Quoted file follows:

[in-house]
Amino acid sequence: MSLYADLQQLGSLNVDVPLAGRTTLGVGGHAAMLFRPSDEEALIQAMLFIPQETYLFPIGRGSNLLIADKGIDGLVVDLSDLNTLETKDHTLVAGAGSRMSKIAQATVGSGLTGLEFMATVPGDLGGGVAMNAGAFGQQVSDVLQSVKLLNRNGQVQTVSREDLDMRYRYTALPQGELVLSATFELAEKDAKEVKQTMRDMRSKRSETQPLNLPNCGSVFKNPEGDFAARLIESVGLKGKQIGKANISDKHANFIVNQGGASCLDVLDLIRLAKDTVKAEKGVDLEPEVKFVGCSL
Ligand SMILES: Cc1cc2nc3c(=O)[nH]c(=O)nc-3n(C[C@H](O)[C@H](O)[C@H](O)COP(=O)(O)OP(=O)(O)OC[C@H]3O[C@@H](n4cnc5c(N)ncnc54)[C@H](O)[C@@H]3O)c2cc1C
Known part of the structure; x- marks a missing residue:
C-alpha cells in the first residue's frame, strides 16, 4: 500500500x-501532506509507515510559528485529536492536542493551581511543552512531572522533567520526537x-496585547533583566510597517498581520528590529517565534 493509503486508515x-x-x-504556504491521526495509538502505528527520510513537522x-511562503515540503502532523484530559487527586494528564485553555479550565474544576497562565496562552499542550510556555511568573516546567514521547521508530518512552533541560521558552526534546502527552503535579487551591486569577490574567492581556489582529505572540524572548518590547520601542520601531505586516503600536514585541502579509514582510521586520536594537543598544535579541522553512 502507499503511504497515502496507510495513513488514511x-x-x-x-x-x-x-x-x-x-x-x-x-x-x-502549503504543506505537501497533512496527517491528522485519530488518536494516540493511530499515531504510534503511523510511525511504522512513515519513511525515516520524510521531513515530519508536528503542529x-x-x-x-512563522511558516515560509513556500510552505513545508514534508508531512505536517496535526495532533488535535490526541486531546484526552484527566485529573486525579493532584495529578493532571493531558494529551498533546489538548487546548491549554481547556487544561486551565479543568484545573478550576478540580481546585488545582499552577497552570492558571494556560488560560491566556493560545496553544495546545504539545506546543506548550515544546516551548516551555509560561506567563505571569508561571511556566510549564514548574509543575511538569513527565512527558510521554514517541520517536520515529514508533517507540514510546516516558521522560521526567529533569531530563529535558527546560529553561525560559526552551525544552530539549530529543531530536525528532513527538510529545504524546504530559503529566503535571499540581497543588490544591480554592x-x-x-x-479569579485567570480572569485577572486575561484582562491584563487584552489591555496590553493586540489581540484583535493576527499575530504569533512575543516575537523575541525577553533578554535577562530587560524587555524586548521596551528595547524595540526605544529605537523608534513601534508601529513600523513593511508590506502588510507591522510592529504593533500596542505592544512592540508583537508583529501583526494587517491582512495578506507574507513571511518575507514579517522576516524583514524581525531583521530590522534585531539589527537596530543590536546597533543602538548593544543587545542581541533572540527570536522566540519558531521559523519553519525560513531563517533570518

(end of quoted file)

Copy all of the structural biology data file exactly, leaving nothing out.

[in-house]
Amino acid sequence: MSLYADLQQLGSLNVDVPLAGRTTLGVGGHAAMLFRPSDEEALIQAMLFIPQETYLFPIGRGSNLLIADKGIDGLVVDLSDLNTLETKDHTLVAGAGSRMSKIAQATVGSGLTGLEFMATVPGDLGGGVAMNAGAFGQQVSDVLQSVKLLNRNGQVQTVSREDLDMRYRYTALPQGELVLSATFELAEKDAKEVKQTMRDMRSKRSETQPLNLPNCGSVFKNPEGDFAARLIESVGLKGKQIGKANISDKHANFIVNQGGASCLDVLDLIRLAKDTVKAEKGVDLEPEVKFVGCSL
Ligand SMILES: Cc1cc2nc3c(=O)[nH]c(=O)nc-3n(C[C@H](O)[C@H](O)[C@H](O)COP(=O)(O)OP(=O)(O)OC[C@H]3O[C@@H](n4cnc5c(N)ncnc54)[C@H](O)[C@@H]3O)c2cc1C
Known part of the structure; x- marks a missing residue:
C-alpha cells in the first residue's frame, strides 16, 4: 500500500x-501532506509507515510559528485529536492536542493551581511543552512531572522533567520526537x-496585547533583566510597517498581520528590529517565534 493509503486508515x-x-x-504556504491521526495509538502505528527520510513537522x-511562503515540503502532523484530559487527586494528564485553555479550565474544576497562565496562552499542550510556555511568573516546567514521547521508530518512552533541560521558552526534546502527552503535579487551591486569577490574567492581556489582529505572540524572548518590547520601542520601531505586516503600536514585541502579509514582510521586520536594537543598544535579541522553512 502507499503511504497515502496507510495513513488514511x-x-x-x-x-x-x-x-x-x-x-x-x-x-x-502549503504543506505537501497533512496527517491528522485519530488518536494516540493511530499515531504510534503511523510511525511504522512513515519513511525515516520524510521531513515530519508536528503542529x-x-x-x-512563522511558516515560509513556500510552505513545508514534508508531512505536517496535526495532533488535535490526541486531546484526552484527566485529573486525579493532584495529578493532571493531558494529551498533546489538548487546548491549554481547556487544561486551565479543568484545573478550576478540580481546585488545582499552577497552570492558571494556560488560560491566556493560545496553544495546545504539545506546543506548550515544546516551548516551555509560561506567563505571569508561571511556566510549564514548574509543575511538569513527565512527558510521554514517541520517536520515529514508533517507540514510546516516558521522560521526567529533569531530563529535558527546560529553561525560559526552551525544552530539549530529543531530536525528532513527538510529545504524546504530559503529566503535571499540581497543588490544591480554592x-x-x-x-479569579485567570480572569485577572486575561484582562491584563487584552489591555496590553493586540489581540484583535493576527499575530504569533512575543516575537523575541525577553533578554535577562530587560524587555524586548521596551528595547524595540526605544529605537523608534513601534508601529513600523513593511508590506502588510507591522510592529504593533500596542505592544512592540508583537508583529501583526494587517491582512495578506507574507513571511518575507514579517522576516524583514524581525531583521530590522534585531539589527537596530543590536546597533543602538548593544543587545542581541533572540527570536522566540519558531521559523519553519525560513531563517533570518